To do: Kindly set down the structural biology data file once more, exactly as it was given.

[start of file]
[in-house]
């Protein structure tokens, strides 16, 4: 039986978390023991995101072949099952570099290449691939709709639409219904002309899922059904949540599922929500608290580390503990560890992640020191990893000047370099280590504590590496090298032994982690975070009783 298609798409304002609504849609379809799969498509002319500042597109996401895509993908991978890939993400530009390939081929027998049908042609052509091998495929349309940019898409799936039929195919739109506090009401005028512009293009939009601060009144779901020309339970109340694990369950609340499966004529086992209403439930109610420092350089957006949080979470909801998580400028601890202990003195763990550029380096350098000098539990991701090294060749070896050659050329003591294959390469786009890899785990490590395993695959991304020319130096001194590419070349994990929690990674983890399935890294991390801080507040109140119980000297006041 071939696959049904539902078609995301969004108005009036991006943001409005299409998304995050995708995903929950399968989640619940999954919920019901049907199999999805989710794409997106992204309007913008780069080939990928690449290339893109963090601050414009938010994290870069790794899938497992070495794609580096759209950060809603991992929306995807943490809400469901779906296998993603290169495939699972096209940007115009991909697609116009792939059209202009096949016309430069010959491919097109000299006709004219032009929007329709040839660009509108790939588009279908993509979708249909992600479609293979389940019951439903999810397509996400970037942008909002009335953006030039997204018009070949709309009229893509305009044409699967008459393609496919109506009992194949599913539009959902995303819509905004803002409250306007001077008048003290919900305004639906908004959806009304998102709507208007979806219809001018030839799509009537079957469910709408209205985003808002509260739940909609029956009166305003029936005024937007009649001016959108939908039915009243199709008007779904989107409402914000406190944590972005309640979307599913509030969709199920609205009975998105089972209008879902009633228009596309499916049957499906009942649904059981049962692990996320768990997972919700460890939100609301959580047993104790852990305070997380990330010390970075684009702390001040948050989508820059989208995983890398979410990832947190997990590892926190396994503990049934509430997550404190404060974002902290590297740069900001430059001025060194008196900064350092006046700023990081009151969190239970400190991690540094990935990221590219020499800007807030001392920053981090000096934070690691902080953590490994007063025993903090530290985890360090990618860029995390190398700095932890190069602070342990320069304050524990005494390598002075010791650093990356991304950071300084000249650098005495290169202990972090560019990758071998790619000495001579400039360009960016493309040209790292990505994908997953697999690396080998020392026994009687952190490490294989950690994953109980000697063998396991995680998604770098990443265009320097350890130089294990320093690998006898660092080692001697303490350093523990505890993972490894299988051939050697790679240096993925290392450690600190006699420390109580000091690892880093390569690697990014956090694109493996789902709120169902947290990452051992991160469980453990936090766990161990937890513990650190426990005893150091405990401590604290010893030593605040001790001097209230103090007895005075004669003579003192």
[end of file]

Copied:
[in-house]
């Protein structure tokens, strides 16, 4: 039986978390023991995101072949099952570099290449691939709709639409219904002309899922059904949540599922929500608290580390503990560890992640020191990893000047370099280590504590590496090298032994982690975070009783 298609798409304002609504849609379809799969498509002319500042597109996401895509993908991978890939993400530009390939081929027998049908042609052509091998495929349309940019898409799936039929195919739109506090009401005028512009293009939009601060009144779901020309339970109340694990369950609340499966004529086992209403439930109610420092350089957006949080979470909801998580400028601890202990003195763990550029380096350098000098539990991701090294060749070896050659050329003591294959390469786009890899785990490590395993695959991304020319130096001194590419070349994990929690990674983890399935890294991390801080507040109140119980000297006041 071939696959049904539902078609995301969004108005009036991006943001409005299409998304995050995708995903929950399968989640619940999954919920019901049907199999999805989710794409997106992204309007913008780069080939990928690449290339893109963090601050414009938010994290870069790794899938497992070495794609580096759209950060809603991992929306995807943490809400469901779906296998993603290169495939699972096209940007115009991909697609116009792939059209202009096949016309430069010959491919097109000299006709004219032009929007329709040839660009509108790939588009279908993509979708249909992600479609293979389940019951439903999810397509996400970037942008909002009335953006030039997204018009070949709309009229893509305009044409699967008459393609496919109506009992194949599913539009959902995303819509905004803002409250306007001077008048003290919900305004639906908004959806009304998102709507208007979806219809001018030839799509009537079957469910709408209205985003808002509260739940909609029956009166305003029936005024937007009649001016959108939908039915009243199709008007779904989107409402914000406190944590972005309640979307599913509030969709199920609205009975998105089972209008879902009633228009596309499916049957499906009942649904059981049962692990996320768990997972919700460890939100609301959580047993104790852990305070997380990330010390970075684009702390001040948050989508820059989208995983890398979410990832947190997990590892926190396994503990049934509430997550404190404060974002902290590297740069900001430059001025060194008196900064350092006046700023990081009151969190239970400190991690540094990935990221590219020499800007807030001392920053981090000096934070690691902080953590490994007063025993903090530290985890360090990618860029995390190398700095932890190069602070342990320069304050524990005494390598002075010791650093990356991304950071300084000249650098005495290169202990972090560019990758071998790619000495001579400039360009960016493309040209790292990505994908997953697999690396080998020392026994009687952190490490294989950690994953109980000697063998396991995680998604770098990443265009320097350890130089294990320093690998006898660092080692001697303490350093523990505890993972490894299988051939050697790679240096993925290392450690600190006699420390109580000091690892880093390569690697990014956090694109493996789902709120169902947290990452051992991160469980453990936090766990161990937890513990650190426990005893150091405990401590604290010893030593605040001790001097209230103090007895005075004669003579003192």